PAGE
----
The Joovy only scored a 5 of 10 for run-ability, which means it may not be the best option for serious runners, but it is the average score for the group. The high for the metric is a 9 for the Thule Urban Glide and the BOB Revolution Flex both of which won our Editors' Choice awards. The low score is 2 for the hard to use Graco FastAction Fold Jogger. All this being said, we were somewhat surprised that the swivel wheel options scored higher on average than their fixed wheel counterparts that have historically been considered better for serious runners.

The swivel front wheel on the Zoom can be locked in place for running or movement over rougher terrain.
The swivel front wheel on the Zoom can be locked in place for running or movement over rougher terrain.
The Joovy has a locking front swivel wheel, but it does not have adjustable tracking (also something serious runners usually look for). However, despite the lack of adjustability, it does seem to track fairly straight, though there is some extra effort involved to keep it moving straight as it tends to veer off to the side. It also does not have an adjustable handlebar, so this might make it harder to use for taller or shorter parents that fall outside the average height limits. While pushing and running with the front wheel locked it is on average compared to the competition for the ease of tipping and turning. The safety strap on this stroller is nicer than that found on the Burley Solstice, and it can be attached to the handlebar when not in use to keep it out of the way. It is attached low on the frame and it allows the user to choose which wrist to wear it on. Adjustable tracking and handlebar would make this stroller easier to run with.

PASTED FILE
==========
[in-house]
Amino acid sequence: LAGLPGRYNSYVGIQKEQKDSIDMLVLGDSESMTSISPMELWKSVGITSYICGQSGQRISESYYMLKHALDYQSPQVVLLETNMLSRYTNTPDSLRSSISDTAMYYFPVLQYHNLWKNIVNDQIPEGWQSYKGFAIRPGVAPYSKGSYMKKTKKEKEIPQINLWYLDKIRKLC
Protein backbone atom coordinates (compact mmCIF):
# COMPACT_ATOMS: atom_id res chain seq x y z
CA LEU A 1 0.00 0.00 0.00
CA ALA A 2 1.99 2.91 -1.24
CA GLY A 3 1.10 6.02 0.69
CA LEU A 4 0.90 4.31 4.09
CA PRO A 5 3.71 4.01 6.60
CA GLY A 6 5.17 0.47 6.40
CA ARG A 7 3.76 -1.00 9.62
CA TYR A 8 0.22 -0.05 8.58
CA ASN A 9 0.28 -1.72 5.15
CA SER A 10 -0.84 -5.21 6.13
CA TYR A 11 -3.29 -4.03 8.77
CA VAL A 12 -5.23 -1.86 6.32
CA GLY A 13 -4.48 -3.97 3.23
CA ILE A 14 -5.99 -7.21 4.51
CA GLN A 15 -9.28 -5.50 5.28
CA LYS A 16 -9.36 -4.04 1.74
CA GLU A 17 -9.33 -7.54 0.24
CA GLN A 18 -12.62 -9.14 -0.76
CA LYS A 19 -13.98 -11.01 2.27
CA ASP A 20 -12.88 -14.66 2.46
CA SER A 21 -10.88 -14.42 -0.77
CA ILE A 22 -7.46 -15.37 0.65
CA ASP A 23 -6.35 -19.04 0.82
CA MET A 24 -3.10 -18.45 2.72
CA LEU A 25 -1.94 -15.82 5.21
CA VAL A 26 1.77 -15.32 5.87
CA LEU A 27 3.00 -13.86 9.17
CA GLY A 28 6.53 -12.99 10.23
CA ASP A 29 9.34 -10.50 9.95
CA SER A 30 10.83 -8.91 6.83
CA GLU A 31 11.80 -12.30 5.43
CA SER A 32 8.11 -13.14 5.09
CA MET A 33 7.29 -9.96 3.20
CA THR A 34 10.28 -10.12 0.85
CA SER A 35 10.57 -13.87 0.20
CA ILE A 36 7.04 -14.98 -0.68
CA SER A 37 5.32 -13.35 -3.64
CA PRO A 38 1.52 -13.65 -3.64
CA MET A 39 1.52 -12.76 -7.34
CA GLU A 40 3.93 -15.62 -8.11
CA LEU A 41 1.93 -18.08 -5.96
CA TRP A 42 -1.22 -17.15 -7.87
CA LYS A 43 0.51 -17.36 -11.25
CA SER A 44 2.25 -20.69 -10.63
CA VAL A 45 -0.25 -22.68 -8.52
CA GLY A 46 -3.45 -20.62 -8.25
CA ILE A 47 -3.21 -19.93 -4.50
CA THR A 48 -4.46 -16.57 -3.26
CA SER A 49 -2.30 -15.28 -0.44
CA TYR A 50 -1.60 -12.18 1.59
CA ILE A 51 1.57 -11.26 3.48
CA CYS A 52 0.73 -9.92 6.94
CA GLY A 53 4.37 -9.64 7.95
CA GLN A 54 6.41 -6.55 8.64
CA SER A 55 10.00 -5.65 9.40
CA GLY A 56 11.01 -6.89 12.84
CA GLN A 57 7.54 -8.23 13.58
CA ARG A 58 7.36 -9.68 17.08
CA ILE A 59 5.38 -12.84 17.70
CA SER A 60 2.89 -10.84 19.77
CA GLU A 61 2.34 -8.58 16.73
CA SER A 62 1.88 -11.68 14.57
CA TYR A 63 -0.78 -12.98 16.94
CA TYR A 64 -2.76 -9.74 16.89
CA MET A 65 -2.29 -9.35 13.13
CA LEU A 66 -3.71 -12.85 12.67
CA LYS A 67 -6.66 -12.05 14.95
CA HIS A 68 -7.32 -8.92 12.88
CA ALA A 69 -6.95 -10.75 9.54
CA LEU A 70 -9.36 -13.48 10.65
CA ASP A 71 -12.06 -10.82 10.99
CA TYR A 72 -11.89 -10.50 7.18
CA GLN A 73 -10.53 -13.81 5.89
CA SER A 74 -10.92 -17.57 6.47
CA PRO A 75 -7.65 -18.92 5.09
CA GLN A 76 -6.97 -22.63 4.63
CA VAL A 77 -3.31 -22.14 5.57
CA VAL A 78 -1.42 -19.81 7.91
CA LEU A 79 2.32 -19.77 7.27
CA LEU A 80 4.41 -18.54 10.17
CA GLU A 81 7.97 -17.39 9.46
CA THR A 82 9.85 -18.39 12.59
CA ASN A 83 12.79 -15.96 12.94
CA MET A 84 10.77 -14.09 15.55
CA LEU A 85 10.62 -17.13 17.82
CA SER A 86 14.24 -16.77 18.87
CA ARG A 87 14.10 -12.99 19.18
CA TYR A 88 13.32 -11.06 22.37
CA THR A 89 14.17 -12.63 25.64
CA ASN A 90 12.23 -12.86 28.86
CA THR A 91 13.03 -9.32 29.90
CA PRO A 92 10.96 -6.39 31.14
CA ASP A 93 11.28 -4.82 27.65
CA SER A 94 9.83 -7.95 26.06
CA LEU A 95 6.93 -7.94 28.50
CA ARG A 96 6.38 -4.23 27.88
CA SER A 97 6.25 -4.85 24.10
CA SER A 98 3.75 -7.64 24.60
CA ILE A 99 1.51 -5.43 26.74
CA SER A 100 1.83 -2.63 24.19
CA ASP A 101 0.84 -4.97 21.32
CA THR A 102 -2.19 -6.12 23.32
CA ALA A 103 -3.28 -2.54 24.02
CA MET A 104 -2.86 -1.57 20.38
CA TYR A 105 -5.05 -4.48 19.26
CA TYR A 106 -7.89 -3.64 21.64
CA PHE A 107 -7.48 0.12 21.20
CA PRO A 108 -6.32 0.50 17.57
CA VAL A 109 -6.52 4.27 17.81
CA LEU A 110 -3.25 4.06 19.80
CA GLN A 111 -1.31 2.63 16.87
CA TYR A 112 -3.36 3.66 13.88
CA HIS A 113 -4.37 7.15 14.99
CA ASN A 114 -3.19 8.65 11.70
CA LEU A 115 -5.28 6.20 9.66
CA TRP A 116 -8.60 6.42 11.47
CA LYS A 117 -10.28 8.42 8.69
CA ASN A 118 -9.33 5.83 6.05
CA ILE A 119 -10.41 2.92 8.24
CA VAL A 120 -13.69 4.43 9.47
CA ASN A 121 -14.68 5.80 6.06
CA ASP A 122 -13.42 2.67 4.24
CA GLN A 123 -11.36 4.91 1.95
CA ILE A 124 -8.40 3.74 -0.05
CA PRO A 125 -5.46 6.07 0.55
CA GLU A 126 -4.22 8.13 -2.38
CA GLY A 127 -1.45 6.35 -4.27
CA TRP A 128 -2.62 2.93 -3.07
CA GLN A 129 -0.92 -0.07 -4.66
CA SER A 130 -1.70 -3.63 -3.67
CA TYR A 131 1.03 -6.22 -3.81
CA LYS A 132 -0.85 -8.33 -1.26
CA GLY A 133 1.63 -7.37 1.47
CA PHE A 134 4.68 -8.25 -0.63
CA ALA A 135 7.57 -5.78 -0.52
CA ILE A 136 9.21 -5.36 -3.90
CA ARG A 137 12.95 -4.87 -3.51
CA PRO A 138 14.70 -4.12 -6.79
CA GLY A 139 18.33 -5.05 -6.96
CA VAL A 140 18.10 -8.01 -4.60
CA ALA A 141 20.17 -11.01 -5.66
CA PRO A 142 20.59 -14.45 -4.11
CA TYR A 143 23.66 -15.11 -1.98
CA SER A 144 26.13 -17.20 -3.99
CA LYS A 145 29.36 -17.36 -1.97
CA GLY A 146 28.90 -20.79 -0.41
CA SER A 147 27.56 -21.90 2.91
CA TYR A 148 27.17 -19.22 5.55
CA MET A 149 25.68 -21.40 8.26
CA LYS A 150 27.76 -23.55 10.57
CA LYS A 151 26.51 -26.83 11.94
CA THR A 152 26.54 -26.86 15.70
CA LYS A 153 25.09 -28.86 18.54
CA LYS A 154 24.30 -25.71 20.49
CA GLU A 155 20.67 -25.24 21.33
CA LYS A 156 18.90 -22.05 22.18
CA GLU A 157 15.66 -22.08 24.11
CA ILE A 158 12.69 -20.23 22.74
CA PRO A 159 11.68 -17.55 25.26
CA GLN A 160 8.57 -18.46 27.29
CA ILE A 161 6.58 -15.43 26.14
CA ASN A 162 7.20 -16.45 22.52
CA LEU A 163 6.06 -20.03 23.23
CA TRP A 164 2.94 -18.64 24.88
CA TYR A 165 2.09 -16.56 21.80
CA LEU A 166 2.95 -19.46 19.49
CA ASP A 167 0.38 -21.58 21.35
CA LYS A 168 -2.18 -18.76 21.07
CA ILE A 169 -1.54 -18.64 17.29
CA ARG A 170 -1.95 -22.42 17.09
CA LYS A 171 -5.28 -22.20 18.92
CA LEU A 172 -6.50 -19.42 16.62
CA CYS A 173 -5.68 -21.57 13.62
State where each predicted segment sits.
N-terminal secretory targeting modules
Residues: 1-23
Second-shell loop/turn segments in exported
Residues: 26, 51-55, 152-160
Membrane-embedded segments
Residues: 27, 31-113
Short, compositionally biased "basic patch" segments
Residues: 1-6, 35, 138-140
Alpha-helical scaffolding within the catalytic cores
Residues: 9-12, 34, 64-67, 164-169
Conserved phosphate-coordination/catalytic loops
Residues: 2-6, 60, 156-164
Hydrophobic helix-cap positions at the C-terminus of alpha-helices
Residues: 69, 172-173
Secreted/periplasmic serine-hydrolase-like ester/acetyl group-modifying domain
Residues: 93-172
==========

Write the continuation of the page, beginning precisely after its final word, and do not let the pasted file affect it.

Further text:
The Joovy managed fairly well at pop ups and turning tilting and turning with the front wheel locked.
The Joovy managed fairly well at pop ups and turning tilting and turning with the front wheel locked.

Maneuverability


The Joovy earned an 8 of 10 for maneuverability, which helps make up for its lower running score. This makes the Joovy easier to push and turn, even if running is a bit harder. The score of 8 ties with the Baby Trend Expedition, BOB Revolution, Schwinn Turismo and the InStep Grand Safari. The high is 9 for the Thule Urban Glide.

The spoked wheel on the Joovy combined with rubber pneumatic tires help make it one of the easiest to push on flat surfaces.
The spoked wheel on the Joovy combined with rubber pneumatic tires help make it one of the easiest to push on flat surfaces.
The Joovy is one of the easiest in the group to push and turn on flat hard surfaces. It is really responsive, almost too responsive as we experienced some tippiness when turning the stroller at speeds (especially with one hand). However, this makes it easier to turn in tight space and negotiate crowded spaces.

Pushing and turning on the Joovy on uneven terrain is a little bit harder than the flat surfaces  but still relatively easy compared to the competition.
Pushing and turning on the Joovy on uneven terrain is a little bit harder than the flat surfaces, but still relatively easy compared to the competition.
Pushing and turning on rougher terrain is a little harder, but not prohibitively difficult. It is a little tougher on grass and gravel, but better than much of the competition. The front wheel seemed to have more problems negotiating the larger rocks than most of the others even when locked. This being said the riding experience for the passenger seemed smoother.

This stroller is easier to pop up curbs than many of the others.